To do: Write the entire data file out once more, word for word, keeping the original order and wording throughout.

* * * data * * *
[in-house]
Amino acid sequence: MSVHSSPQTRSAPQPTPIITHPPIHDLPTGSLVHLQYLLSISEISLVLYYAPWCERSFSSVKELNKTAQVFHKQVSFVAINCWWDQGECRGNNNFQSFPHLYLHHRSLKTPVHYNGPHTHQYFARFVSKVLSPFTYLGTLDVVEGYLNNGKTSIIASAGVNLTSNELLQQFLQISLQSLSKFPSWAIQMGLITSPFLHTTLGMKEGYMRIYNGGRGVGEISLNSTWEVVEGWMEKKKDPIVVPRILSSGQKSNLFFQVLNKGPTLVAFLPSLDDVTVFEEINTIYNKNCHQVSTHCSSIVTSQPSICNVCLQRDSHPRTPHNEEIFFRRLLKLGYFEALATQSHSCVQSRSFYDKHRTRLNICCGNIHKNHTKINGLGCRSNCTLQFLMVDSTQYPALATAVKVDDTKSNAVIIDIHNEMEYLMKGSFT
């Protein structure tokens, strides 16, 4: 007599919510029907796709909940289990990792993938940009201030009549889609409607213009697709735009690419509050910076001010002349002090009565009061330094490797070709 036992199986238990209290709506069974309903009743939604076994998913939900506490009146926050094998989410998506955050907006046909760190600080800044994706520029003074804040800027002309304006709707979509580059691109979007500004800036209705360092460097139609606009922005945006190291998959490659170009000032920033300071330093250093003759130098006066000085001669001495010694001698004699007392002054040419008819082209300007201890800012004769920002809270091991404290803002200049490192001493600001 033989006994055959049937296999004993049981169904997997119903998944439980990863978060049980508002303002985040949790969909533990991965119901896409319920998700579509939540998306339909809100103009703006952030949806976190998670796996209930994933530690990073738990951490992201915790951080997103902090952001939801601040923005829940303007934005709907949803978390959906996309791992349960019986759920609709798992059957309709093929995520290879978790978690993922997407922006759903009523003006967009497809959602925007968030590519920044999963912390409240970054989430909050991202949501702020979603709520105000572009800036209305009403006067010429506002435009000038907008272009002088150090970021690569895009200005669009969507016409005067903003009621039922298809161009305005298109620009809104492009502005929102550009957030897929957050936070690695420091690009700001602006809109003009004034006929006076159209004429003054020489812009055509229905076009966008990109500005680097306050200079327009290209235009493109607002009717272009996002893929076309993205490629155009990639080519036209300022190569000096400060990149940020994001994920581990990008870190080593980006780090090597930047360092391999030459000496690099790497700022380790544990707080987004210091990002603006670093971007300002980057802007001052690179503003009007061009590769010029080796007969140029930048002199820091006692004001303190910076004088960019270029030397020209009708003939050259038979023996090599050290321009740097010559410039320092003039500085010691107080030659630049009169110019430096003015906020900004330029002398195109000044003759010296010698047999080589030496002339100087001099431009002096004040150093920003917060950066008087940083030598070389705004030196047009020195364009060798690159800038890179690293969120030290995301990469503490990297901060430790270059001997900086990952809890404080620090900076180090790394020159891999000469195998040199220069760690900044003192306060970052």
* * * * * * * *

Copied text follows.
[in-house]
Amino acid sequence: MSVHSSPQTRSAPQPTPIITHPPIHDLPTGSLVHLQYLLSISEISLVLYYAPWCERSFSSVKELNKTAQVFHKQVSFVAINCWWDQGECRGNNNFQSFPHLYLHHRSLKTPVHYNGPHTHQYFARFVSKVLSPFTYLGTLDVVEGYLNNGKTSIIASAGVNLTSNELLQQFLQISLQSLSKFPSWAIQMGLITSPFLHTTLGMKEGYMRIYNGGRGVGEISLNSTWEVVEGWMEKKKDPIVVPRILSSGQKSNLFFQVLNKGPTLVAFLPSLDDVTVFEEINTIYNKNCHQVSTHCSSIVTSQPSICNVCLQRDSHPRTPHNEEIFFRRLLKLGYFEALATQSHSCVQSRSFYDKHRTRLNICCGNIHKNHTKINGLGCRSNCTLQFLMVDSTQYPALATAVKVDDTKSNAVIIDIHNEMEYLMKGSFT
């Protein structure tokens, strides 16, 4: 007599919510029907796709909940289990990792993938940009201030009549889609409607213009697709735009690419509050910076001010002349002090009565009061330094490797070709 036992199986238990209290709506069974309903009743939604076994998913939900506490009146926050094998989410998506955050907006046909760190600080800044994706520029003074804040800027002309304006709707979509580059691109979007500004800036209705360092460097139609606009922005945006190291998959490659170009000032920033300071330093250093003759130098006066000085001669001495010694001698004699007392002054040419008819082209300007201890800012004769920002809270091991404290803002200049490192001493600001 033989006994055959049937296999004993049981169904997997119903998944439980990863978060049980508002303002985040949790969909533990991965119901896409319920998700579509939540998306339909809100103009703006952030949806976190998670796996209930994933530690990073738990951490992201915790951080997103902090952001939801601040923005829940303007934005709907949803978390959906996309791992349960019986759920609709798992059957309709093929995520290879978790978690993922997407922006759903009523003006967009497809959602925007968030590519920044999963912390409240970054989430909050991202949501702020979603709520105000572009800036209305009403006067010429506002435009000038907008272009002088150090970021690569895009200005669009969507016409005067903003009621039922298809161009305005298109620009809104492009502005929102550009957030897929957050936070690695420091690009700001602006809109003009004034006929006076159209004429003054020489812009055509229905076009966008990109500005680097306050200079327009290209235009493109607002009717272009996002893929076309993205490629155009990639080519036209300022190569000096400060990149940020994001994920581990990008870190080593980006780090090597930047360092391999030459000496690099790497700022380790544990707080987004210091990002603006670093971007300002980057802007001052690179503003009007061009590769010029080796007969140029930048002199820091006692004001303190910076004088960019270029030397020209009708003939050259038979023996090599050290321009740097010559410039320092003039500085010691107080030659630049009169110019430096003015906020900004330029002398195109000044003759010296010698047999080589030496002339100087001099431009002096004040150093920003917060950066008087940083030598070389705004030196047009020195364009060798690159800038890179690293969120030290995301990469503490990297901060430790270059001997900086990952809890404080620090900076180090790394020159891999000469195998040199220069760690900044003192306060970052």